Wealth and Want
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Social Problems

While "the remedy" is not a panacea, most Georgists see it as a necessary reform if we are ever to resolve many of our most serious social problems. Necessary, if not sufficient.


Henry George: The Increasing Importance of Social Questions (Chapter 1 of Social Problems, 1883)

[21] The intelligence required for the solving of social problems is not a thing of the mere intellect. It must be animated with the religious sentiment and warm with sympathy for human suffering. It must stretch out beyond self-interest, whether it be the self-interest of the few or of the many. It must seek justice. For at the bottom of every social problem we will find a social wrong. ... read the entire essay

Henry George: Political Dangers (Chapter 2 of Social Problems, 1883)

[12] Beneath all political problems lies the social problem of the distribution of wealth. This our people do not generally recognize, and they listen to quacks who propose to cure the symptoms without touching the disease. "Let us elect good men to office," say the quacks. Yes; let us catch little birds by sprinkling salt on their tails! ... read the entire essay

Mason Gaffney:   Privatizing Land Without Giveaway (1990)

Some of our unresolved problems today include

  • rising homelessness, the counterpart of low affordability of housing. This problem persists in spite of massive subsidies and tax breaks for housing that make America "overhoused" next to, say, Japan.
  • Unemployment persists.
  • Income and especially wealth are distributed with increasing inequality.
  • American industry grows obsolescent faced with foreign competition: replacement is too slow, as in later 19th Century Britain. Britain then at least saved and exported capital, but America's net domestic capital formation is dangerously weak, leading to capital imports and alienation of American wealth.
  • Real wage rates are level or falling.
  • Crime rates are frightening, with many Americans choosing to live in an underground economy.
  • Anomie and substance abuse are everywhere.
  • National security hangs on precarious foreign oil.
  • A large piece of our financial system has just collapsed, and the rest looks shaky.

There is much to be humble and concerned about.

Western capitalism has shown the world that "personal interest is the irreplaceable motive power of production and progress." Let us trumpet this showing with pride, and preach to the world. Let us also allow that personal interest can, if badly handled, lead to inhumane excesses and abuses. A worthy goal is to combine capitalist drive and efficiency with socialist egalitarianism. How? Synthesis does not mean some vaguely compromising "middle way," but the best constructive combination of workable elements from each way. The specific centerpiece of policy proposed here is social collection of land rent, coupled with private collection and retention of incomes drawn from labor and from creating capital. ... read the whole article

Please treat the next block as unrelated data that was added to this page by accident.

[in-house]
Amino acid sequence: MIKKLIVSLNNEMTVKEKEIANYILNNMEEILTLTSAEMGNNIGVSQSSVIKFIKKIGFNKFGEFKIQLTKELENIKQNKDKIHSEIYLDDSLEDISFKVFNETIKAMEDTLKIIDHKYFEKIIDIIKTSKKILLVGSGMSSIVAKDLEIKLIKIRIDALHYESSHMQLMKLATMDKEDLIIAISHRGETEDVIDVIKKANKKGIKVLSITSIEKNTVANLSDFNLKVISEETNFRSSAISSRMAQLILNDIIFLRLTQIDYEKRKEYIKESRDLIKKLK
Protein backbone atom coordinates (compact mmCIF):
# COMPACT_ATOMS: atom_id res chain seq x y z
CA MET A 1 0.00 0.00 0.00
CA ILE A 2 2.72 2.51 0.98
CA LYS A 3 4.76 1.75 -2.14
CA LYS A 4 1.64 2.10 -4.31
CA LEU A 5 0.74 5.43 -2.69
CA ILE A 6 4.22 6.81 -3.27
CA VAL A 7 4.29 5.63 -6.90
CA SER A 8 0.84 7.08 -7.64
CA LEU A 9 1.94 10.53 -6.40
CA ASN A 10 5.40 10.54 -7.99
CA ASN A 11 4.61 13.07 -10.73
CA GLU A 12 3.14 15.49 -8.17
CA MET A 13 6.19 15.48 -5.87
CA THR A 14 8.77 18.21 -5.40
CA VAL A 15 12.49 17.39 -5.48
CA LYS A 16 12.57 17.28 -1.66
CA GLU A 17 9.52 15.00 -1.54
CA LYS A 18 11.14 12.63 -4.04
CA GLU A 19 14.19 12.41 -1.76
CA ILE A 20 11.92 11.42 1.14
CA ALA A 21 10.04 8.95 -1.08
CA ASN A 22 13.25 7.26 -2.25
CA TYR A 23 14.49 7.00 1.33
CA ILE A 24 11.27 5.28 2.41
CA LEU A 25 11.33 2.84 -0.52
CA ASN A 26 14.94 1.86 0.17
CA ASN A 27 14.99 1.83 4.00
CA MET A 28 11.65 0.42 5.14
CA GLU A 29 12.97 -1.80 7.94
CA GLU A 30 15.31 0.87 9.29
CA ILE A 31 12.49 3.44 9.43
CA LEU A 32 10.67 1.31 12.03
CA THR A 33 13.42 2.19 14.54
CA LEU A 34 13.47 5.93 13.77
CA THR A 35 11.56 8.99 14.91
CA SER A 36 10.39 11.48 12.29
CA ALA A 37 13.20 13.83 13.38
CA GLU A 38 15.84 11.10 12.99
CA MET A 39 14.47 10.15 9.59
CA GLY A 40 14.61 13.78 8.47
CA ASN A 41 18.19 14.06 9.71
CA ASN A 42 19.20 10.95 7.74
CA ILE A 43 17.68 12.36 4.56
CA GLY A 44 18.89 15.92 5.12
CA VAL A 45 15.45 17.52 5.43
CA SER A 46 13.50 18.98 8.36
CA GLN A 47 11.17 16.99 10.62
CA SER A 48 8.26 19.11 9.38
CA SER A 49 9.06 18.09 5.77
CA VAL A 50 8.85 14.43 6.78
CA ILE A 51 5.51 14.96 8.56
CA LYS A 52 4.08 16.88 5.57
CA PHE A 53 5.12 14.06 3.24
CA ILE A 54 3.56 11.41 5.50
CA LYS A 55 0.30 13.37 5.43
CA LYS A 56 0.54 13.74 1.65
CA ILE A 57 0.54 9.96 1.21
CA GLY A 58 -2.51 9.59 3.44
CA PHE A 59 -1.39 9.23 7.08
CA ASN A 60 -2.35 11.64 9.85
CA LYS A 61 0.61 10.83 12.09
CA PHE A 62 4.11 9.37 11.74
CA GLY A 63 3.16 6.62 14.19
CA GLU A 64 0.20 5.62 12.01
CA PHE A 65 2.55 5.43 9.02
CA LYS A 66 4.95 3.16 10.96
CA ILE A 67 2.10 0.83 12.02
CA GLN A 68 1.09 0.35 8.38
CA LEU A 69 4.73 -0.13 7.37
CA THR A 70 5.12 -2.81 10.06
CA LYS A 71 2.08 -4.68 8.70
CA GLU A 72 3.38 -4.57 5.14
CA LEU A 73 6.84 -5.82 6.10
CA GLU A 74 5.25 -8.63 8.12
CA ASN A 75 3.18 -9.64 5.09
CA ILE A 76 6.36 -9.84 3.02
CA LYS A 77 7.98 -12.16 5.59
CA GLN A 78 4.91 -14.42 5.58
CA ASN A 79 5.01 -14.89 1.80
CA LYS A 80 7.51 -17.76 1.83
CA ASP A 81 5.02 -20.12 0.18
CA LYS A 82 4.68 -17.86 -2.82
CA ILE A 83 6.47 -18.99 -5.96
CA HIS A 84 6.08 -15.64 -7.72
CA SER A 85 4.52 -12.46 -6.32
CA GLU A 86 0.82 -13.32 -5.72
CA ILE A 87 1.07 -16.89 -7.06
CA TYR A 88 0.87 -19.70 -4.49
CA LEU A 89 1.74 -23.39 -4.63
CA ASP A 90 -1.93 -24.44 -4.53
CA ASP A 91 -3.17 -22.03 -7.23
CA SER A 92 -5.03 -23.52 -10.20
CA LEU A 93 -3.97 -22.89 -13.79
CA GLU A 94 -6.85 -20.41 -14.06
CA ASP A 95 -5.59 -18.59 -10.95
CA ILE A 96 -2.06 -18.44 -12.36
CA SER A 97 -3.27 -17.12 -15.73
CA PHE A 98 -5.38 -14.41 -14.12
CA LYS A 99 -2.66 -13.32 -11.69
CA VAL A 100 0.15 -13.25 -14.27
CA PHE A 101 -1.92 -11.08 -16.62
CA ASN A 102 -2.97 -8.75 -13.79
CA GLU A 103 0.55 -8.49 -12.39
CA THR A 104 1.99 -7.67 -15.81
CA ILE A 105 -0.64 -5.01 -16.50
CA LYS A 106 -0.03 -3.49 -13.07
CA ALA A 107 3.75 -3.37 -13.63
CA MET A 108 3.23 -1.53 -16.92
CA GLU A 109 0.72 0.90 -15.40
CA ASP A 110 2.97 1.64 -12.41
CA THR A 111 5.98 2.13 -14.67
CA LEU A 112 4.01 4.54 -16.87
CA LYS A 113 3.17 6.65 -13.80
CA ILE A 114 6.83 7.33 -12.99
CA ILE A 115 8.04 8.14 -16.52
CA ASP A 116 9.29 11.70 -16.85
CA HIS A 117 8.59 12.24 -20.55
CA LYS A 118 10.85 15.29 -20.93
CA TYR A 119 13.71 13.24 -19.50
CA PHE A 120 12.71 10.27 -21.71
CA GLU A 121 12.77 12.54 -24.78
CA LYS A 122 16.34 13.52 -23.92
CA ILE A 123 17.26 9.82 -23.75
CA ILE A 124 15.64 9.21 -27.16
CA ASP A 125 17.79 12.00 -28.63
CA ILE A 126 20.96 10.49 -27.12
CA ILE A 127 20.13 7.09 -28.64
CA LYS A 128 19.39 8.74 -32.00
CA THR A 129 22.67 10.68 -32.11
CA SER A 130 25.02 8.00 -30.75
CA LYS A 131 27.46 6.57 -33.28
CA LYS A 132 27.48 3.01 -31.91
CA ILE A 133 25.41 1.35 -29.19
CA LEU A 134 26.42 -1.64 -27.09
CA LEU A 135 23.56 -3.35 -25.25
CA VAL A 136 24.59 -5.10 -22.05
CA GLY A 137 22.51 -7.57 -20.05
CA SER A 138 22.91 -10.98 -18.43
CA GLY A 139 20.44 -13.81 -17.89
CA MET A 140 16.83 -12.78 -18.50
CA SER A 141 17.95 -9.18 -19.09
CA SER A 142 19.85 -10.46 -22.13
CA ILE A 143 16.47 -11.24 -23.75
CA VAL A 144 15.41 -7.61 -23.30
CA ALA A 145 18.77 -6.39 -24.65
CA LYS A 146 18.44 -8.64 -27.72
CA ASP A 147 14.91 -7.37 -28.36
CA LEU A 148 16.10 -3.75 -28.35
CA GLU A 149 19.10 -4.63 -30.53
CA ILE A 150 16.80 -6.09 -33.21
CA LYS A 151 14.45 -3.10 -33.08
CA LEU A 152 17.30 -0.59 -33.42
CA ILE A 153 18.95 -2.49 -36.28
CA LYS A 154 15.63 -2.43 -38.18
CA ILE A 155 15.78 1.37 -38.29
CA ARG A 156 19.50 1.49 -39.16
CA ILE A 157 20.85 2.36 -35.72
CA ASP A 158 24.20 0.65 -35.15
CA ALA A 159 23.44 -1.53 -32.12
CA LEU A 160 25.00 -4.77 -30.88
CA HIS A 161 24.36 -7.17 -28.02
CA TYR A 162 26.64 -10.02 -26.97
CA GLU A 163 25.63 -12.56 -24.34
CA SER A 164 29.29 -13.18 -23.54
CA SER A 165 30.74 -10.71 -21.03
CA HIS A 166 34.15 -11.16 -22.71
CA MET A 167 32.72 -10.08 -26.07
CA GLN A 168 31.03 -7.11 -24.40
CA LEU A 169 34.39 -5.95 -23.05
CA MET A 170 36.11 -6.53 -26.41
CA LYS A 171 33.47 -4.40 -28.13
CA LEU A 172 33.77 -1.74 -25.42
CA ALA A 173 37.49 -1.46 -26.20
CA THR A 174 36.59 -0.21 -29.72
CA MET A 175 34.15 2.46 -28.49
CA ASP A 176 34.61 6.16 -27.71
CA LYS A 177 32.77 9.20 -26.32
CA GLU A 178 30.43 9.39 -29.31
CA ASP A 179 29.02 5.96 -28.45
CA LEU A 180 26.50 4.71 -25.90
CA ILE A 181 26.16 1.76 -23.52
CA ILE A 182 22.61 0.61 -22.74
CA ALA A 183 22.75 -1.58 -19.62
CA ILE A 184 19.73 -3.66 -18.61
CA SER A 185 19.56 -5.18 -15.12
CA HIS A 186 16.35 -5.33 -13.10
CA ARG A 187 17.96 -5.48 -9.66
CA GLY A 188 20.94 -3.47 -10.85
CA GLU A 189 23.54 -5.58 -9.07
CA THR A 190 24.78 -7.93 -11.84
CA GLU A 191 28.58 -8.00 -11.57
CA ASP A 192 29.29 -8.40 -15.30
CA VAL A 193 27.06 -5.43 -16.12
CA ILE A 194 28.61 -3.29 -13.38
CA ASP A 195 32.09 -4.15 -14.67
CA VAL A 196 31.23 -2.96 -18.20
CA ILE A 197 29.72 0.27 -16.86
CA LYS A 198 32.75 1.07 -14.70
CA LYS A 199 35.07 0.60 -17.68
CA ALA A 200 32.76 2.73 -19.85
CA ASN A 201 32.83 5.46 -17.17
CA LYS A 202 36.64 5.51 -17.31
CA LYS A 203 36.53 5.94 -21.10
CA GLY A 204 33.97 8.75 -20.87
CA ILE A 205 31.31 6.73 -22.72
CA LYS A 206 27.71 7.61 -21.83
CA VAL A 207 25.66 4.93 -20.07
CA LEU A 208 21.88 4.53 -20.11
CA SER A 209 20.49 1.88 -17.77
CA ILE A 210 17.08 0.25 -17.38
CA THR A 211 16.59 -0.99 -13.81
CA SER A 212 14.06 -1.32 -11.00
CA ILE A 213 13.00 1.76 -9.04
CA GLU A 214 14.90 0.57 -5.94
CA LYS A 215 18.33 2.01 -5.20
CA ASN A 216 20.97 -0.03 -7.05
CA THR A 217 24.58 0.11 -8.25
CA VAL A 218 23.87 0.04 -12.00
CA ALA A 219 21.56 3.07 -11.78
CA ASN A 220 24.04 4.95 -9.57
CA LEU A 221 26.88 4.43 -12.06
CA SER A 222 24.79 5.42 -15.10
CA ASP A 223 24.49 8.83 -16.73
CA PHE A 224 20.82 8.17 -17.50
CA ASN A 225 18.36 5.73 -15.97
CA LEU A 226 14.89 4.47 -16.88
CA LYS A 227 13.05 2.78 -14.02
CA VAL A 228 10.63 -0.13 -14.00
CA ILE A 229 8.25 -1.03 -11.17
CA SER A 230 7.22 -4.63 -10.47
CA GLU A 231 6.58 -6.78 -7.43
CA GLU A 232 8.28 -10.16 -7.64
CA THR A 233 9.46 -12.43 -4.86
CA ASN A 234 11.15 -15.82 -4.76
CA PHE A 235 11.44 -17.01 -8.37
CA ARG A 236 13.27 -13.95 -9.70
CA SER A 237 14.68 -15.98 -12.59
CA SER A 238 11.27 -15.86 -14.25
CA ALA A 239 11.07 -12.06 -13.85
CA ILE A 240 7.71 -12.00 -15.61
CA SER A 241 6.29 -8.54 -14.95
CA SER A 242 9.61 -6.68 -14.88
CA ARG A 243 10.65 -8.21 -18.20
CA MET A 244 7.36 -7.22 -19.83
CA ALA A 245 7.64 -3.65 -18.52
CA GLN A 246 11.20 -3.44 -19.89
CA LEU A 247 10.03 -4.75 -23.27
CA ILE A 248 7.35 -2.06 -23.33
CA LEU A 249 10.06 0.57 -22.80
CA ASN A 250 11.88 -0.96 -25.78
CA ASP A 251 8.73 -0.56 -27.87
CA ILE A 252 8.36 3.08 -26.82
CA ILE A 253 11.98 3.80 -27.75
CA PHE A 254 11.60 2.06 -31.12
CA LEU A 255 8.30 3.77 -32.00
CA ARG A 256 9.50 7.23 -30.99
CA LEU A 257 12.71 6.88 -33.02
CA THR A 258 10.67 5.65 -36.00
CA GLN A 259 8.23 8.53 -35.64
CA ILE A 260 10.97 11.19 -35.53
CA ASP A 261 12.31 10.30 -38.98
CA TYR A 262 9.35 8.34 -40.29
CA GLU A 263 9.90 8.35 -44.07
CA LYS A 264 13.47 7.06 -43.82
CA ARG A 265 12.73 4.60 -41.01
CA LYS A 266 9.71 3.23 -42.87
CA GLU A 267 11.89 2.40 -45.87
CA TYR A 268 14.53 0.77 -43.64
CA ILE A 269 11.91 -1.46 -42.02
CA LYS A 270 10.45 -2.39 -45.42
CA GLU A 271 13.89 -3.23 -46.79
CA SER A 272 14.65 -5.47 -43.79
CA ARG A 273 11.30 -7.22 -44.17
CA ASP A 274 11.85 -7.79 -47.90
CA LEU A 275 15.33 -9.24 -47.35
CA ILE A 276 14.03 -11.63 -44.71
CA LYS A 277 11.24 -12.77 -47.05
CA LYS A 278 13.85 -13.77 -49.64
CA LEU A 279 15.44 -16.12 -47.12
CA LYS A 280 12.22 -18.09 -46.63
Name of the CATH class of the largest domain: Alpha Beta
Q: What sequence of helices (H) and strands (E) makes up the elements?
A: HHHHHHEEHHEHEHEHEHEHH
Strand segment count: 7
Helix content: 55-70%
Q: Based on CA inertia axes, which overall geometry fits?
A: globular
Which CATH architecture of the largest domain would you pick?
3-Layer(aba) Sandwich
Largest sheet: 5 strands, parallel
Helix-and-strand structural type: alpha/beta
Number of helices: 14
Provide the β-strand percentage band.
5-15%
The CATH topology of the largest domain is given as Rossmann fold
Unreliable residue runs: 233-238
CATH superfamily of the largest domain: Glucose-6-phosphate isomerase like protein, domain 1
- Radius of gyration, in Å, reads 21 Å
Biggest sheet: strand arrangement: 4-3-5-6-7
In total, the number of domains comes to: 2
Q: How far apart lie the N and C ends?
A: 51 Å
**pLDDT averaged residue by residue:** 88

Fred Foldvary:  The Rent, the Whole Rent, and Nothing but the Rent
The public and community collection of rent puts land at its most productive use, maximizing the wages of workers while minimizing sprawl as well as boom/bust cycles. We need to understand rent to fully understand the market process and the cause and remedy of many of today's social problems. ... Read the whole article

Karl Williams:  Social Justice In Australia: ADVANCED KIT

We're going to look at some of our worst social problems and reflect on the extent to which they might arise from our economic and social systems.

Many good, caring parents bring up children who turn out to be a real mess. There must be something wrong, somewhere, with a society where so many people become depressed, cynical, disenchanted, hopeless, alienated etc. as to resort to drugs, vandalism, suicide (the escalating youth suicide figures are deliberately under-reported) or just end up apathetic or anti-social. And it could be argued that rampant, mindless and expensive consumerism is a low-intensity but widespread indicator of underlying discontent.

One can see some pretty obvious causes, but it still doesn't add up. Institutionalised religions (or, at least, its purveyors) have clearly failed to supply an adequate explanation of our current dilemma, let alone offer just solutions, as people continue to turn away from it in droves. Our cynicism of politicians is somewhat justified, as even a few of the best seem to sell out once they get into power. The bombardment of advertising and trash culture, with all its emphasis on glamour and image, must screw up a lot of impressionable kids. I like the graffiti sprayed on a Melbourne wall stating: " Obedient sheep love to shop".

No, it still doesn't add up, but here's a partial explanation why. All the aforementioned problems take place in an economic environment which simply is not and cannot be understood, and for that reason can never be respected. In particular, taxation - which hits us in the hip pocket more than anything else - springs from a mass of legislation completely beyond the capacity of any individual to understand. In addition, there's disrespect for our tax (and governance) system because there's no clear rationale or validation for its principles. Compared to the elegant beauty of Pay for what you take, not what you make, the present tax system is seen as a necessary nuisance at best, but more commonly as an arbitrary means of milking us. Furthermore, the economic and tax systems make cynics and cheats of us all. Cynics - the wage-earning workforce, both blue and white collar - stand in disgust as they witness the rich getting richer as they confiscate the economic rent. Cheats, because everyone else is a cheat when it comes to filling tax returns, so why should I be a mug and be honest?